A Wander in the Northern Quarter
This week I have taken an enforced break from two wheeled matters, having been amongst other places in Manchester. I have always found the city centre to be a pretty uninspiring place: the sleaze of Piccadilly Gardens fades into the anonymous concrete hell that is the Arndale Centre, while continued northwards travel immerses you into the footballers wives style nightmare that is King Street, home to innumerable designer boutiques. However this time, I found time to stroll in the Northern Quarter, which is a little area that runs from Oldham Street up to Victoria Station in a set of parallel streets and back alleys.
The area feels a little bit like a small slice of New York with its old, dark buildings and edgy atmosphere. The usual contingent of fixie-riding urban hipsters are to be found in the trendy clothes shops, and the general attitude is of course pure Manchester, but it’s still an enjoyable place to saunter around with a camera on a sunny day.
What is nice about the area is that there are still plenty of long-established, and seemingly viable old-fashioned retailers rubbing shoulders with the new hip elite. The shop above is an office supply store, and I loved the old till rolls and other miscellanea on display. A few more back streets and I came across the lovely Northern Flower store, complete with a cheering street display.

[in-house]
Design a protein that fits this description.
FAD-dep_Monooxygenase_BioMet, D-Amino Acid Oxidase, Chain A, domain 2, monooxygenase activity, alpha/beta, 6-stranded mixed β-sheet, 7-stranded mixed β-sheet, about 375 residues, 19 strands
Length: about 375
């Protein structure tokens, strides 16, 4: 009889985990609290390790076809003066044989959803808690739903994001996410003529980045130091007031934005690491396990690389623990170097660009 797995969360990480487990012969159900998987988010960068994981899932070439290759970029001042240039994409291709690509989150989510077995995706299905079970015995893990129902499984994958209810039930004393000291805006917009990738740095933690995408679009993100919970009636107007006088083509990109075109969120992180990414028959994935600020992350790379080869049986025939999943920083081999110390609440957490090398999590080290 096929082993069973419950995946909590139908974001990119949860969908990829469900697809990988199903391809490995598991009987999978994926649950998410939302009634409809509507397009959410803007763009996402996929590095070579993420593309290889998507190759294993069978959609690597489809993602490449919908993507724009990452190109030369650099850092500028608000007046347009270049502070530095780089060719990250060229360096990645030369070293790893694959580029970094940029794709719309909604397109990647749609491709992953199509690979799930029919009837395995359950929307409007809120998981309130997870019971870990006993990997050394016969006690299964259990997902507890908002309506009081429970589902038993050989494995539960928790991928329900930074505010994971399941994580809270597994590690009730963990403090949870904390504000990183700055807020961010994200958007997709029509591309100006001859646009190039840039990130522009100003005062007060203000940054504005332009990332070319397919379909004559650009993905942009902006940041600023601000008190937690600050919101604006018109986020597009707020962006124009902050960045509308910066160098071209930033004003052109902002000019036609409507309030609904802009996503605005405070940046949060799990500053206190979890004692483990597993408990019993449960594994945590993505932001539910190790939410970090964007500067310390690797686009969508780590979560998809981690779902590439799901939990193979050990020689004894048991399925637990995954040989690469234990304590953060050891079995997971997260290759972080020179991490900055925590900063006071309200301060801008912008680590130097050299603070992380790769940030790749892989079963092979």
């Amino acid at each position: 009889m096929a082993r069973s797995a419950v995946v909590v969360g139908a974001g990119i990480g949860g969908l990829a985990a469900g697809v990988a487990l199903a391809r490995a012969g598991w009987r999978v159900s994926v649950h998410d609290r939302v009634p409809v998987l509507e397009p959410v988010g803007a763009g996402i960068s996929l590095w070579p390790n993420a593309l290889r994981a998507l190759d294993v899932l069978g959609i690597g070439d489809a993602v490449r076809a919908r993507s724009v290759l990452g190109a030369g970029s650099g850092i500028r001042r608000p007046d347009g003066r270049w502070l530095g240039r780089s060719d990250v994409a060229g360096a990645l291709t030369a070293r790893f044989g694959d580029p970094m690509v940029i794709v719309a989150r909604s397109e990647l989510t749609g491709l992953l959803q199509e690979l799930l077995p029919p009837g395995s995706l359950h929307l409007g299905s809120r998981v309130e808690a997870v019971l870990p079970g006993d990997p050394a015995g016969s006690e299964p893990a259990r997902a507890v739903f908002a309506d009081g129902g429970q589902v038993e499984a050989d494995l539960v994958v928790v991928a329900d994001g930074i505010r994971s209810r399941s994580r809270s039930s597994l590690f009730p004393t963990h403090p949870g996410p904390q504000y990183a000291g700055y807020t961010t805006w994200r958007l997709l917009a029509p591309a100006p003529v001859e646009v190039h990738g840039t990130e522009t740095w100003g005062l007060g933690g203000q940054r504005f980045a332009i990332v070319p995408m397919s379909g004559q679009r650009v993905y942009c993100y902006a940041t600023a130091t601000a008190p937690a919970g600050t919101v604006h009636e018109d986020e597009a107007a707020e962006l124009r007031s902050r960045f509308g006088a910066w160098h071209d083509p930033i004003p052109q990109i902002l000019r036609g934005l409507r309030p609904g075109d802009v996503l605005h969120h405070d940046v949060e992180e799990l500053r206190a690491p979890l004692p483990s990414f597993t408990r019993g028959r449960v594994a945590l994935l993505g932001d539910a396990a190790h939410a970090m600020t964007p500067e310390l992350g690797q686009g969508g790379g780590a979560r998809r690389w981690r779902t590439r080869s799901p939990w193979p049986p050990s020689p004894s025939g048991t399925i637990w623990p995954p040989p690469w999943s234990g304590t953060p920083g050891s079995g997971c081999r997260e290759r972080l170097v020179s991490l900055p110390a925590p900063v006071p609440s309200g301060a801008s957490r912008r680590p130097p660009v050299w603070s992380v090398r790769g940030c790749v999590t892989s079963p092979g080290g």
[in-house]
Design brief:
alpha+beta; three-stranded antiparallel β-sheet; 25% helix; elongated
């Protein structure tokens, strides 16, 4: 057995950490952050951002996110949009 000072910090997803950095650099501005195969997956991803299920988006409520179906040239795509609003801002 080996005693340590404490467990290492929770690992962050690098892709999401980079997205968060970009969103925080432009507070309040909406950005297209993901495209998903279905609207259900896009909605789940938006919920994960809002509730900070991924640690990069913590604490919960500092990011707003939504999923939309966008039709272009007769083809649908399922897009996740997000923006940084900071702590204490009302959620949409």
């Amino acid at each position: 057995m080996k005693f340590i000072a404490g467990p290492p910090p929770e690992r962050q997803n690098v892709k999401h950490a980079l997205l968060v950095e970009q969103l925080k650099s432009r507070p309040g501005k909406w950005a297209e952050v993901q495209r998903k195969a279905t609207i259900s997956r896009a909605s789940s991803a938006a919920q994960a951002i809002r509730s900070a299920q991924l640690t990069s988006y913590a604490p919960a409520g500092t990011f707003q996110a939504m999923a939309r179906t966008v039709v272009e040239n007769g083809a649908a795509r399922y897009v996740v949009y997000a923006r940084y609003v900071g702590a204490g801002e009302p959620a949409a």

It’s nice to see an area regenerated in this way: small, independent shops with their own look and feel are far more interesting than another street of chain stores. Ok, like my recent jaunt to Spitalfields, I got the same impression that the whole place is rather too trendy for its own good, but time will tell with such places. It is generally accepted in Mancunian circles that the revival of this part of the city was kick-started back in the early 1990s by the late, great Tony Wilson, whose Factory Records opened the Dry Bar on Oldham Street at a time when this part of town held no appeal to the masses. Apart from the legendary Eastern Bloc records, which still exists a few doors down from Dry, there were at the time few good things to be found as one trekked from Victoria towards the centre. Wilson, the self-proclaimed ‘cultural catalyst’, had great foresight in choosing to invest money in such a down at heel part of the city, yet he obviously saw the potential: the architecture and character of the area are notable and with the benign indulgence of the City Council, who eventually accepted the vision that Wilson spawned, a whole host of small businesses were spawned.